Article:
In this post, I'm going to focus on autoimmune diseases in general. Future posts I will delve into the individual diseases and the symptoms caused be each one. Hopefully some of my friends who suffer from various diseases will allow me to share their photos.

Below, I've shared some of my photos. This is something I rarely do, but I thought it was important. I don't look ill, in spite of having more than one autoimmune disease.

The first photo is before I developed the autoimmune diseases. Second is several years after a very bad flare necessitating prednisone for many years. The third photo is more current. I've been off prednisone except in short bursts for several years.

In the middle photo, it's obvious that I'm quite heavy, and in the last photo, I'm still heavy. It's something I'm working on, but it's difficult when mobility is limited. The point of the photos is, while I look obese in the last ones, I don't look ill.

Most people with autoimmune diseases look just fine. We don't have missing limbs, limbs in casts (unless we've had recent surgery or a flare causing problems in a specific joint). In fact, to look us most people would never know we had a chronic illness.



Before I developed RA
After Having RA for Many years
A couple of years ago.

I've shared these photos to show how chronic illness has changed me. Before I developed RA, I was very active: went to the gym three days a week, took Tae Kwon Do three nights a week, and played football, volleyball, went bowling, dancing, etc on the weekends - in addition to practicing Tae Kwon Do. I was young, energetic, and healthy.

Fast forward a few years. The middle picture shows what immobility and prednisone can do to the body. This photo was taken after I'd been on prednisone for many years. I didn't like the changes in my body, but there was little I could do. 

Finally, my physician found the right combination of medications and I'm no longer on prednisone except in short bursts. I am still overweight. It's a long road to return to a healthy weight.

My diseases have progressed to the point that I now must use a scooter to go any distance. I haven't been able to go to Disney World or Disneyland for several years without the use of a scooter. If I'm going to a large store, I have to use one also.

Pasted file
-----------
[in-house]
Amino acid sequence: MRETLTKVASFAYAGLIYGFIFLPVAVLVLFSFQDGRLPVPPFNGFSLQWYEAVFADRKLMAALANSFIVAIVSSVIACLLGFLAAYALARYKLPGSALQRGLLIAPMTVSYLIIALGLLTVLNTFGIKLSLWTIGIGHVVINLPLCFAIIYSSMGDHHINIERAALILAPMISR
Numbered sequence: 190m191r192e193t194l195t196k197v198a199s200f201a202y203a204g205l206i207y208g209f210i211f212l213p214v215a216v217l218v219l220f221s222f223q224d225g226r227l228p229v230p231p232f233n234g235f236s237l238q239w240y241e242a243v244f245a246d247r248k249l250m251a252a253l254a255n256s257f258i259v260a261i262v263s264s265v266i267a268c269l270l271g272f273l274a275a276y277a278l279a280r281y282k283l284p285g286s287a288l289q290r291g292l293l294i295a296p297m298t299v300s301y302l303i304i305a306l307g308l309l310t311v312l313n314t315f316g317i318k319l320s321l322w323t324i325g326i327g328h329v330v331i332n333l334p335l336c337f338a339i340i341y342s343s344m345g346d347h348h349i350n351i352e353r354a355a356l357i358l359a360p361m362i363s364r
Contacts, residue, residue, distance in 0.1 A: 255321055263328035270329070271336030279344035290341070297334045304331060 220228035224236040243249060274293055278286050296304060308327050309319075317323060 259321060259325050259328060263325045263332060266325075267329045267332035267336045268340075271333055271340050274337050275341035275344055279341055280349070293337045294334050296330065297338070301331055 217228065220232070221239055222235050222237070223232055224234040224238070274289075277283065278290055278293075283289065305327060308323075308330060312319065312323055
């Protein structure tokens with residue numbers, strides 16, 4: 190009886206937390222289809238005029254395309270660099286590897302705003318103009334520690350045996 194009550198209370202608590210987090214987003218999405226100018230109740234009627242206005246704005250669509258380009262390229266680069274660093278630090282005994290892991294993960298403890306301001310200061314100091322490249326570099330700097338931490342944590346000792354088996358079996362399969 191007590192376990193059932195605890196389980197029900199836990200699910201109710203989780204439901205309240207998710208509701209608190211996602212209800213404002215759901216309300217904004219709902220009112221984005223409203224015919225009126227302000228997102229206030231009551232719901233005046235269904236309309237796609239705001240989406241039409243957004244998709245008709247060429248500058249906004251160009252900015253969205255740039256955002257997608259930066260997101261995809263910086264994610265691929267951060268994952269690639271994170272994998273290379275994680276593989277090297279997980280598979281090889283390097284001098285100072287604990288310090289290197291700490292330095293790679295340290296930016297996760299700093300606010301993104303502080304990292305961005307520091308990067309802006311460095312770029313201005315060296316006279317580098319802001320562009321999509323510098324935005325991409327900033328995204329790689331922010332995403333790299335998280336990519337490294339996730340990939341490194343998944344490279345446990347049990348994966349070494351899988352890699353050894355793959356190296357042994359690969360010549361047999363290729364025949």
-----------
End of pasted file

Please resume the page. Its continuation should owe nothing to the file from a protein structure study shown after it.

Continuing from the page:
People look at me like I'm "fat and lazy" and use the scooter because I don't want to walk. This couldn't be any farther from the truth. I would love to be that energetic girl who went non-stop once again, but unfortunately I cannot. For many years when we went to theme parks, I pushed myself and refused to use a wheelchair or scooter, but these diseases don't stand still - even with medications the disease progresses. Not like it would without the medications, however. 

Most autoimmune diseases cause the following symptoms:

Fatigue - unlike normal fatigue, the deep, bone-aching, intense fatigue isn't relieved by rest. Many times those with autoimmune diseases wake up feeling even more tired than when they went to bed. Many times we cannot do the things we really want to do. It's frustrating for us, then when others get angry or upset with us over it, it multiplies the symptoms.

Muscle and Joint Pain - This can range from burning and aching to feeling like someone has a jackhammer destroying the joints - which in the case of Rheumatoid Arthritis and Psoriatic Arthritis - is kind of true since the body's immune system is destroying the joint. The pain may also move. One day it may be the feet, the next the hand. It can also move hour to hour. Many times it's a generalized achiness. 

Fever - at times people with autoimmune disorders will have an elevated temperature. With some AIs (autoimmune) it can be a low-grade, but in others, the fever may go quite high.

Hair loss - The hair loss can be caused by the disease or by the medications to treat the illness.

Flu-like symptoms - All AIs cause generalized malaise, or ill-feeling. Think about how you felt the last time you had the flu. People with an autoimmune disease feel like this most of the time. 

Brain-fog - This symptoms comes and goes, but it causes the person with the autoimmune to feel a little disoriented. It can be caused by the disease or the medications.